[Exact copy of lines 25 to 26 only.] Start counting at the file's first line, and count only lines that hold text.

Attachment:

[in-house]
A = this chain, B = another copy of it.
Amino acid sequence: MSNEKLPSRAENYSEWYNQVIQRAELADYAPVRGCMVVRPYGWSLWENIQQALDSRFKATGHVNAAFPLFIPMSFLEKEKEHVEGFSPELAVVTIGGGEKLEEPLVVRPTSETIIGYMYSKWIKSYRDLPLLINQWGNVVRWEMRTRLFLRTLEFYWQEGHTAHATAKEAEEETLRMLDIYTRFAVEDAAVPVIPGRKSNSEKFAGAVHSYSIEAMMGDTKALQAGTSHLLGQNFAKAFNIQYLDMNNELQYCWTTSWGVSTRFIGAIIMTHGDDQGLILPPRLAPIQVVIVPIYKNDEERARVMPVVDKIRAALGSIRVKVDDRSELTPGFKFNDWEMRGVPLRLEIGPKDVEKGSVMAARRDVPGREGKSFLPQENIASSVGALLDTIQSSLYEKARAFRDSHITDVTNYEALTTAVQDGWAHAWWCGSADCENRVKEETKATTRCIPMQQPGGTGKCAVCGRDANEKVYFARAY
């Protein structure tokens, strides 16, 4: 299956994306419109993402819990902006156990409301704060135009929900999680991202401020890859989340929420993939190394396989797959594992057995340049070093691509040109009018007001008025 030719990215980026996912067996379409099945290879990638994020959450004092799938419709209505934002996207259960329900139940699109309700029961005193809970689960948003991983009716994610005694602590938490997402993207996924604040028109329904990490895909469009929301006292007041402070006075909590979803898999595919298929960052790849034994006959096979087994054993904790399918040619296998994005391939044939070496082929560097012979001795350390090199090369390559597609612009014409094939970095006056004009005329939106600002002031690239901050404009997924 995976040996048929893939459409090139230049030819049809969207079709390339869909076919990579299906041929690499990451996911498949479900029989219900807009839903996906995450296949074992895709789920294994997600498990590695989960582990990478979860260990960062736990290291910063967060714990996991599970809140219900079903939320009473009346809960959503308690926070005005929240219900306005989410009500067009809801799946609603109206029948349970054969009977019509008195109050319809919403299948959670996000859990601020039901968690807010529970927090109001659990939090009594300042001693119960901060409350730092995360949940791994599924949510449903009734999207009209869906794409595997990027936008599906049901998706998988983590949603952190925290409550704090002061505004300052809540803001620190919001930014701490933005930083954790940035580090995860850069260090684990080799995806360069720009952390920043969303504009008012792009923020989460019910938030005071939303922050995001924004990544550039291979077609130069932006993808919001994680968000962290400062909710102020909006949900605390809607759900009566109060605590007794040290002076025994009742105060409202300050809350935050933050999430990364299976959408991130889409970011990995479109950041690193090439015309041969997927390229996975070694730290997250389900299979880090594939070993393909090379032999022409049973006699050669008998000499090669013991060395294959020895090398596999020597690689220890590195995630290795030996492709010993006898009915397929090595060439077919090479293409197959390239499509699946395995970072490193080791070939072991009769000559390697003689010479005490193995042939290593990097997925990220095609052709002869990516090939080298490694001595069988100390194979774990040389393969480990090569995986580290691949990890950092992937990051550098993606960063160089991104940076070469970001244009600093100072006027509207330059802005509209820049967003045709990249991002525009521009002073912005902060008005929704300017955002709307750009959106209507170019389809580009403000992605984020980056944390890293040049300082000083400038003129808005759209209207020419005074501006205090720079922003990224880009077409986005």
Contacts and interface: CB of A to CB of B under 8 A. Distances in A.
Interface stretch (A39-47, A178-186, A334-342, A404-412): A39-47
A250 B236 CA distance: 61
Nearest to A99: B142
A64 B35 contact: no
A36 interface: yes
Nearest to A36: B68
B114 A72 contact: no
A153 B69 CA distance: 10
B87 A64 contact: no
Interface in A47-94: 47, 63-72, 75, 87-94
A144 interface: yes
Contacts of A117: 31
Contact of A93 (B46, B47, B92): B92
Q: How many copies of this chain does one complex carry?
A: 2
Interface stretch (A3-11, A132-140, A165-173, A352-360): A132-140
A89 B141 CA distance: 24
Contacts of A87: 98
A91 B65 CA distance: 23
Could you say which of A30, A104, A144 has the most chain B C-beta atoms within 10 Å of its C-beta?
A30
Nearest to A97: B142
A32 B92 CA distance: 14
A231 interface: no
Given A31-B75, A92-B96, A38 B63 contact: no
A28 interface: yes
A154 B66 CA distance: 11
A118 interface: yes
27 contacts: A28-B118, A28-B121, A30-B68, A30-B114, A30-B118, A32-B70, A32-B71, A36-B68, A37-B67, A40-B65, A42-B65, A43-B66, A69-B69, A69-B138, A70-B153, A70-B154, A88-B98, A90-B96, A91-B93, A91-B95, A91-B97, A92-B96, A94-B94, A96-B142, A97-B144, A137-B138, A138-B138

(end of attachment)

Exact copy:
Could you say which of A30, A104, A144 has the most chain B C-beta atoms within 10 Å of its C-beta?
A30